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  • Writer's pictureMarissa Aiuto

The ONLY Thing You Need To Look At On A Nutrition Label

Do you feel like nutrition is confusing?

Have you noticed that nutrition labels are often over complicated with flashy words like: ALL-NATURAL, HIGH FIBER, WHOLE GRAINS.

There’s a list of ingredients, and percentages on the label that’s supposed to give you information about what you’re eating, but you still don’t know what’s what.

You might walk through the grocery store wondering what the heck you’re supposed to pay attention to?

Well, that’s just because the diet industry WANTS you to be confused. The more confused you are, the more likely you are to buy certain products.

I know people are just trying to eat “healthy”, but keep getting fooled by confusing labels.

That’s why I help un-complicate things, and make nutrition simple for you and for my clients.

I don’t think nutrition should be complicated and confusing, and with the right tools you don’t have to be fooled by diet culture anymore!

*PLEASE NOTE: The information I’m sharing is solely to help you understand nutrition labels, I just want you to know and understand the truth behind food labels so you can eat food more freely, without fear or confusion. Let’s start with… WHAT NOT TO LOOK AT ON NUTRITION LABEL:

FLASHY FRONT LABELS - Research shows that adding health claims to front labels of food products makes people believe a product is healthier than the same product that doesn’t list health claims. This makes you more likely to buy the product.

But the truth is, these claims don't tell you anything about the product!

Some examples of flashy marketing on food labels:

  1. LIGHT, LOW-CARB, FAT-FREE - Light products are typically processed to reduce either calories or fat. BUT in order to “lighten” them up, they usually have add something to make sure the product still tastes good (more sugar, more fat, etc.) Sometimes the “regular” thing is better for you than the “light” version

  2. NO SUGAR ADDED - Even though it says this, it doesn’t mean the product isn't’ high in sugar. It might mean there’s artificial sugar, which is way more harmful for your body than actual sugar.

  3. MADE WITH WHOLE GRAINS - Cereals and other products claiming to have ‘whole grains’ doesn’t necessarily tell you everything in the product. This label might just mean there’s a few ingredients in the product that are whole grains, and the rest might be processed/refined ingredients.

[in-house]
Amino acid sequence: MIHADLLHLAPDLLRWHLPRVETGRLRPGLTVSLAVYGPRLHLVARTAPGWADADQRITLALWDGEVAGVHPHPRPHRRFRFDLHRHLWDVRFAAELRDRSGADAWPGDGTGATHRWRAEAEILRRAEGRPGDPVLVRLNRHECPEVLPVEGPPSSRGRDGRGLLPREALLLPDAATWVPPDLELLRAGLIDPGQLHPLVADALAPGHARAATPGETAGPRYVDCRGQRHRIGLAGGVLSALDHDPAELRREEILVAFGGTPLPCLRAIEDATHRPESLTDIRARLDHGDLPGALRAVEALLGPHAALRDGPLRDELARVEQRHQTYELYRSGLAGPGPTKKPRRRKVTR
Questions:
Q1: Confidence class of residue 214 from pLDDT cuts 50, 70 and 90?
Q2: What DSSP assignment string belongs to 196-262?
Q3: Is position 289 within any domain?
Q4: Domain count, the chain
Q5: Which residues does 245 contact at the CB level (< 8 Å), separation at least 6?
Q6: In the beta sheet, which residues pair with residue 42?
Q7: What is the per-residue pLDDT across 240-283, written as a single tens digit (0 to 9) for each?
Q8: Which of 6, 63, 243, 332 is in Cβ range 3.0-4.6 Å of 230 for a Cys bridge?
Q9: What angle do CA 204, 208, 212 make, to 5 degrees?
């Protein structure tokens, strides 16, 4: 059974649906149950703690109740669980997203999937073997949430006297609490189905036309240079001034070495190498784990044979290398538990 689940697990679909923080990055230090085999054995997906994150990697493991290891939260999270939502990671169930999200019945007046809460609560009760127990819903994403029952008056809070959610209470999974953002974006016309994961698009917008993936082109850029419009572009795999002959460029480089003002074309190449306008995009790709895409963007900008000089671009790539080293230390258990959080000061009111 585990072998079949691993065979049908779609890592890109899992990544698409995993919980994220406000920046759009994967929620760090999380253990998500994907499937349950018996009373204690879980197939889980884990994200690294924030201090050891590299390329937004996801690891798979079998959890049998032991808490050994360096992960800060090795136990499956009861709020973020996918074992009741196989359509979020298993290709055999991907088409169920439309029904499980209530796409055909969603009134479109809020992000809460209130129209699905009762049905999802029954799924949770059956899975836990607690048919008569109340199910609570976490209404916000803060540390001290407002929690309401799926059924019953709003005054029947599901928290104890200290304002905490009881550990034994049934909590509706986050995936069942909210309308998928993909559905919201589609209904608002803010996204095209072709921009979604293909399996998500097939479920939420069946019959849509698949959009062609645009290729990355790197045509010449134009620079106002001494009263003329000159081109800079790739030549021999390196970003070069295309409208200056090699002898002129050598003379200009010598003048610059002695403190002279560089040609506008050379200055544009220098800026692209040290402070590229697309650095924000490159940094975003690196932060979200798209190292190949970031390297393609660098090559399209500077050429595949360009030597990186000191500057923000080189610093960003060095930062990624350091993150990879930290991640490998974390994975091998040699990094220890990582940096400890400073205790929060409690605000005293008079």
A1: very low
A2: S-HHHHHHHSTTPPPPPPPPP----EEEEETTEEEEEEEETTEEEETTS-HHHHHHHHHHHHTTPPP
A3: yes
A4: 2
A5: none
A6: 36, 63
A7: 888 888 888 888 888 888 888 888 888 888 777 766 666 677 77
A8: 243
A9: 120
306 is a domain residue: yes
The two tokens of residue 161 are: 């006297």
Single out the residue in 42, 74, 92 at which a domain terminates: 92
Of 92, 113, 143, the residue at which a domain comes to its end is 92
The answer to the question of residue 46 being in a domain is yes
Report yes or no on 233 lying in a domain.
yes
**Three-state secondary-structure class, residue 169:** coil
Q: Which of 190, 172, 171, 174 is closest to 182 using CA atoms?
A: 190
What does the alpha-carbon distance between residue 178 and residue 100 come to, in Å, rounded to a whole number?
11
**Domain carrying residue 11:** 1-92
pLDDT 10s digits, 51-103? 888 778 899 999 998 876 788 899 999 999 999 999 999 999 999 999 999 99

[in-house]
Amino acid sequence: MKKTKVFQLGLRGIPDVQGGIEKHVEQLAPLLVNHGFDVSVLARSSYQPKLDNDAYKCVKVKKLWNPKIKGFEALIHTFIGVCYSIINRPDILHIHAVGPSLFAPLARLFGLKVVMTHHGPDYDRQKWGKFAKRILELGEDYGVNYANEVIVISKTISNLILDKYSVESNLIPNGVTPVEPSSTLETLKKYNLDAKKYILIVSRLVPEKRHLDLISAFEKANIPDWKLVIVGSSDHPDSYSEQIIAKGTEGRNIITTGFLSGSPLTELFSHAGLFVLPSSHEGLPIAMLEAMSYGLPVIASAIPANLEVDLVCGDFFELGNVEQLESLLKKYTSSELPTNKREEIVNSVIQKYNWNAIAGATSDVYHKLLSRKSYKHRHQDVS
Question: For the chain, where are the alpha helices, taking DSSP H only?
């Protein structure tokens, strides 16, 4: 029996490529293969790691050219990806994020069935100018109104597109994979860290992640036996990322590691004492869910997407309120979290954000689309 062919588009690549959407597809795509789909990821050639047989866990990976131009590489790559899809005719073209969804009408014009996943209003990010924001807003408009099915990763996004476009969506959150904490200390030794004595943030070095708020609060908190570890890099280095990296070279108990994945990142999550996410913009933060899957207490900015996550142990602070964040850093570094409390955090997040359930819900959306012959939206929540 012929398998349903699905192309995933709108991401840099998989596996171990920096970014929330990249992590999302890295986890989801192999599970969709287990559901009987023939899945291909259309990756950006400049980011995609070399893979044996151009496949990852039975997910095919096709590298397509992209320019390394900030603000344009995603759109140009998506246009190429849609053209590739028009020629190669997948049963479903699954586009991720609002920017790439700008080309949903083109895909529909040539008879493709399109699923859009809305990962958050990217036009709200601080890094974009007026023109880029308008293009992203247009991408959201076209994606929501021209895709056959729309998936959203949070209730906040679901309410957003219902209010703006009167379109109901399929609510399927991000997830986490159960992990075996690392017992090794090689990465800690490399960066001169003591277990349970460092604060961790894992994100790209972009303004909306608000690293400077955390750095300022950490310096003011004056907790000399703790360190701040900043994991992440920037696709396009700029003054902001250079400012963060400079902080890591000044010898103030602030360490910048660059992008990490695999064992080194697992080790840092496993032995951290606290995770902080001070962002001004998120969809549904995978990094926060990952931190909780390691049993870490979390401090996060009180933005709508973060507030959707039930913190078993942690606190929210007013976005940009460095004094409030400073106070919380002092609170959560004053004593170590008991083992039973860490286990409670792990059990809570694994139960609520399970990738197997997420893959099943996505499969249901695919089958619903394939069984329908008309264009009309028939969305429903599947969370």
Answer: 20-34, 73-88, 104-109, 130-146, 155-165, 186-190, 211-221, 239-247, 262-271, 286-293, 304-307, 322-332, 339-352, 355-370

4. ALL-NATURAL - According to the USDA, “all-natural” means the product doesn’t contain artificial ingredients or preservatives. However, it may contain antibiotics, growth hormones, and other chemicals. An “all-natural” product is NOT the same as organic, and it definitely doesn’t make the product “healthy”.

When it comes to nutrition labels, look AWAY from the grid of numbers, percentages, and CONFUSION. You can simply ignore the serving size, calories, fat, sugar, carbs, sodium and son on… and instead focus on the ONE thing you need to look at a on a nutrition label:


An ingredient list will tell you everything you need to know about a product. If you’re looking for something nutritious and “healthy”, this is where you’ll find the true facts about what you’re eating.

First, check out the number of ingredients in the product. Fewer ingredients typically means it’s probably minimally processed and therefore closer to a “whole food” (ya know, closer to the true from of the food that nourishes us!). The closer the product is to it’s whole/natural form, the more likely your body will not what to do with it! This makes it so much easier for your body to recognize the food, utilize its nutrients, fuel your body, and digest it!

Next, scan the ingredient list - are there any ingredients you can’t pronounce? Hard to pronounce ingredients probably means it’s more processed and probably harder for our body to recognize and digest. I like to stick to words I know (in books and ingredient lists).

Now, you can take a look at the first 3 ingredients listed. The product ingredients are listed by quantity — from highest to lowest amount. The first ingredient listed is what the food contains the most of. A lot foods claiming to be “health foods” list sugar or highly processed oils as their primary ingredients, so this is important for you to be aware this product probably isn’t the most nutrient-dense. Also, be aware that there’s over 56 names for sugar, and companies often use one of the lesser-known names to trick you. Everyone’s always worried about how much sugar they’re eating, but I think we should focus more on the sugar added to products, instead of the sugar we add to our food (ex. A teaspoon of sugar in your coffee is totally fine, but hidden sugar in highly processed foods like certain yogurts, or condiments).

Again, I’m not sharing this information for you to obsess over or to tell you to cut foods from your life forever -- I just want you to use this as a tool when shopping and picking what foods you want to eat! If you want some more 1-on-1 support, this is something I love helping clients with! Join me for a free 30-minute food & body freedom assessment call, where we can discuss specific questions you have around feeling confident in your food choices, and confident in your body. Book your free call here!

Be Well,


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